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Archive mensuelle de octobre 2008

Johanne Weilbrenner an Artist of All Trades

There are so many artists I want to write about but the natural place to start is Johanne Weilbrenner. After all, she is the instigator of my blog site and if it weren’t for her, I would not be writing this or any other blog. Johanne is a major force of creative energy to be reckoned with. She is an illustrator, a ceramist, a jewelry designer, a web master, and a printmaker.

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Coeur de boeuf, monotype, 13×10 cm, 2008

After earning a B.A. in Graphic Design at Concordia University in 1985, Johanne began her career as an editorial illustrator. Eventually, she became disillusioned with the high pressure, dog eat dog milieu of illustration and gravitated toward ceramics.

When Jean-Claude Lebeau, her high school sweetheart, a ceramist, rented a studio, Johanne, put her illustration skills to work, by decorating his ceramic pieces. They exhibited in 1001 Pots in Val David, as they do annually, and their ceramics sold like hot cakes. The couple founded Poterie Weilbrenner et Lebeau, a thriving ceramics business. Jean-Claude throws the pieces on the potter’s wheel and Johanne decorates them, with distinctive motifs such as apples, chickadees, cherries, and olives. They make a wide array of porcelain items, sure to embellish your dinner table or kitchen. I always delight in eating my cereal in one of their pirate’s bowls.

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Their studio is located in the basement of their home, practically located in the shadow of Montreal’s Olympic tower. Whenever I visit the Weilbrenner Lebeau household I am impressed by the buzz of creative energy. Jean Claude, covered in white dust, a natural byproduct of ceramic studios, may be filling or emptying one of the kilns, or doing inventory, while Hugo, the assistant potter, finishes pieces on the wheel, and Johanne’s sister, Sylvie, packs pieces for a rush order. Ça roule! I never get to see Johanne at work in the studio because whenever I visit she’s busy with me, involved in one creative project or another.

This year I made several visits to her home so that we could work on the website she designed for me. We worked for hours at a time in the mezzanine, where I got to witness the development of my site, step by step. Johanne is proud to explain that when she creates a website she does not impose her own esthetic. Her goal is to make the site reflect the look and feel of the client’s work. She was a joy to work with and I treasure the experience of being part of the creative process that led to my finished website.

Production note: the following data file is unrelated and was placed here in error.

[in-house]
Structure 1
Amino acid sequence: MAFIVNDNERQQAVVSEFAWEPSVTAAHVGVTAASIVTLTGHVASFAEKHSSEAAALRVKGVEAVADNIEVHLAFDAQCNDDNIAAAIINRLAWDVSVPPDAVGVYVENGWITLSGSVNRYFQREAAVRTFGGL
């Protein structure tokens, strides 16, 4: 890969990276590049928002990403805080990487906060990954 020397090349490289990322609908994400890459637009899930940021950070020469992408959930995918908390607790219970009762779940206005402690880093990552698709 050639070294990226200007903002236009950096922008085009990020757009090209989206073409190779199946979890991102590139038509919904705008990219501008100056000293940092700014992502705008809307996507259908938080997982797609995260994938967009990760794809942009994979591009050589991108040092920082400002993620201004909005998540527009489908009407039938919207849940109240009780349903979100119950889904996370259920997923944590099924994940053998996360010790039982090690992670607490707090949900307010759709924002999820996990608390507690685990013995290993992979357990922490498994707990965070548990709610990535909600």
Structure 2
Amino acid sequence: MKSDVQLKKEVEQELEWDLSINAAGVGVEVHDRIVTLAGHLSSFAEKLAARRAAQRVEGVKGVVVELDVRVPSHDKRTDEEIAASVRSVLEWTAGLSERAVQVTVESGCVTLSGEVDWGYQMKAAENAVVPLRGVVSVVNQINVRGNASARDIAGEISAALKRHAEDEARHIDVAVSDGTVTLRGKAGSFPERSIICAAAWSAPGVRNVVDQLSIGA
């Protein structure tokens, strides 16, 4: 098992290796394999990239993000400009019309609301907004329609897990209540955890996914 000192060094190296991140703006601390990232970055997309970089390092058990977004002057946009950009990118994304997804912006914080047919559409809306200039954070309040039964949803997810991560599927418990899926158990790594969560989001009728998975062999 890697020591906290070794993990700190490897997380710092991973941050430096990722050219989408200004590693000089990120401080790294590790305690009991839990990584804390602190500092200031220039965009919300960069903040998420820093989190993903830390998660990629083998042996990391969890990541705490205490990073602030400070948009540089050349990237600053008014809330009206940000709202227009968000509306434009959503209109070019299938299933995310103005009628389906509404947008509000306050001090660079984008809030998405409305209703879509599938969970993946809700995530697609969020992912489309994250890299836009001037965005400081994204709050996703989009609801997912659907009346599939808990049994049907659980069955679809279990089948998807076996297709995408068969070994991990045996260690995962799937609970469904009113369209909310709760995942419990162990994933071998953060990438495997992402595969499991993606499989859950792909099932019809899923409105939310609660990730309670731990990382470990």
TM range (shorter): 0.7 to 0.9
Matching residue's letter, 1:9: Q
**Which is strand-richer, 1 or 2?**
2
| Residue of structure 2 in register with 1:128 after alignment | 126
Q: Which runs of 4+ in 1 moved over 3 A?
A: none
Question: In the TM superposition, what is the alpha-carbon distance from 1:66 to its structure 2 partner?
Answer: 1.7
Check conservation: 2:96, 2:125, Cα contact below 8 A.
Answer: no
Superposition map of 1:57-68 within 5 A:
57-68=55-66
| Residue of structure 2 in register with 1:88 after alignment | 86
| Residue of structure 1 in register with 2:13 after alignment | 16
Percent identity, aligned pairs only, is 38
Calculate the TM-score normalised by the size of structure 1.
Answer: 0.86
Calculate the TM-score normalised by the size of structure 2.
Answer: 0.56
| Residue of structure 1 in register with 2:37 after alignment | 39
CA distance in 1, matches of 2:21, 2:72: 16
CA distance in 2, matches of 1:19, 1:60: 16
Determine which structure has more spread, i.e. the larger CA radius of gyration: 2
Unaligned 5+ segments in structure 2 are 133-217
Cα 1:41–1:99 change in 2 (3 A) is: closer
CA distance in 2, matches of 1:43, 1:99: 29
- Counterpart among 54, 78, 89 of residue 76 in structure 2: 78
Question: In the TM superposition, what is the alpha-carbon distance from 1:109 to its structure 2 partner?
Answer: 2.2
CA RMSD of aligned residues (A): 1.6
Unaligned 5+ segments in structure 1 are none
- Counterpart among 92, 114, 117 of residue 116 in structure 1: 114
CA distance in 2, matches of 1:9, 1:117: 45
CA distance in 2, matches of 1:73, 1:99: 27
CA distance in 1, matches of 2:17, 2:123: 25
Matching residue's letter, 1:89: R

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Joanne also designs and makes jewelry. She discovered this passion when she was looking for an activity to share with her daughter, Léa, who was making jewelry at the time. With four days left of summer vacation, Johanne, together with her daughter and ninety-year-old grandmother, sat by a lake in the Laurentians and made necklaces. Today Johanne creates silver pieces and also works with resin, natural stones, porcelain beads, hand-shaped felt, and other materials. She sees jewelry as little sculptures and it thrills her to see people wearing her pieces. This year for my birthday she offered me a lovely pair of silver earrings, and a gift certificate to come to her house to create my own piece of silver jewelry. I am not a metal person, meaning I do not have an affinity for working with metal, but the idea of going to the Weilbrenner Lebeau home for yet another creative project appealed to me. Johanne had me using a torch and soldering my silver fish pendant. I can’t say that I mastered the art of making silver jewelry (I still have to finish my piece) but let me tell you I know how to use a torch!

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Folle de Dieu, monotype, 13×10 cm, 2008

Johanne is also a printmaker. She has studied lithography with Carlos Calado, at Graff, and Donna Miro, at the Saidye Bronfman School of Fine Arts. In 2003, she joined Atelier Circulaire, where I have had the pleasure of teaching her collagraphy, intaglio woodcut printing, and monotype printing. Johanne’s background in illustration, and undoubtedly the influence of all her creative interests, shines on the printed page.

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An Ordinary Day, monotype, 13×10 cm, 2008

These days she is making monotypes. This medium suits her perfectly and she enjoys the freedom of creating spontaneous, painterly images. Her approach is instinctive and intrinsically connected to her emotional states. Johanne believes that images have the power to heal, whether we are making them or looking at them. Creating prints helps her work through personal issues and helps release “internal pollution.” “Perhaps that’s why I make volcanoes,” she says, chuckling.

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Toxic Volcano, monotype, 25×15 cm, 2008

When I asked Johanne to explain the fact that she juggles so many creative endeavors, she says that this is her way of striving for balance. Each activity fulfills a different need. For example, pottery is a source of income, whereas printmaking nourishes her emotionally.

Johanne is a mother of two: Léa, a budding soprano, who sang her heart out at my birthday this year, and Tom, eleven years old, who plays with my son, Pablo, whenever our families get together.

A few weeks ago Johanne invited us for supper. I looked forward to a visit where I wouldn’t have to work and dispense any creative energy. No such luck! As we gathered around the kitchen table, beers in hand, Johanne cheerfully announced, “Tonight each of us is going to make their own pizza!” We got to work and deigned exquisite, one of a kind pizzas, some of which (not mine!) towered as high as the leaning tower of Pisa! The evening was complete with music, with Johanne playing her repertoire of waltzes, blues and gospel on the piano. I hadn’t sung “Kumbaya” since day camp! When it was time for us to leave, Johanne said, “The evening passed too quickly, next time let’s just sit together and do nothing!” But that is not a possibility in this realm of reality because this woman is simply an artist of all trades, and is happiest when she creates.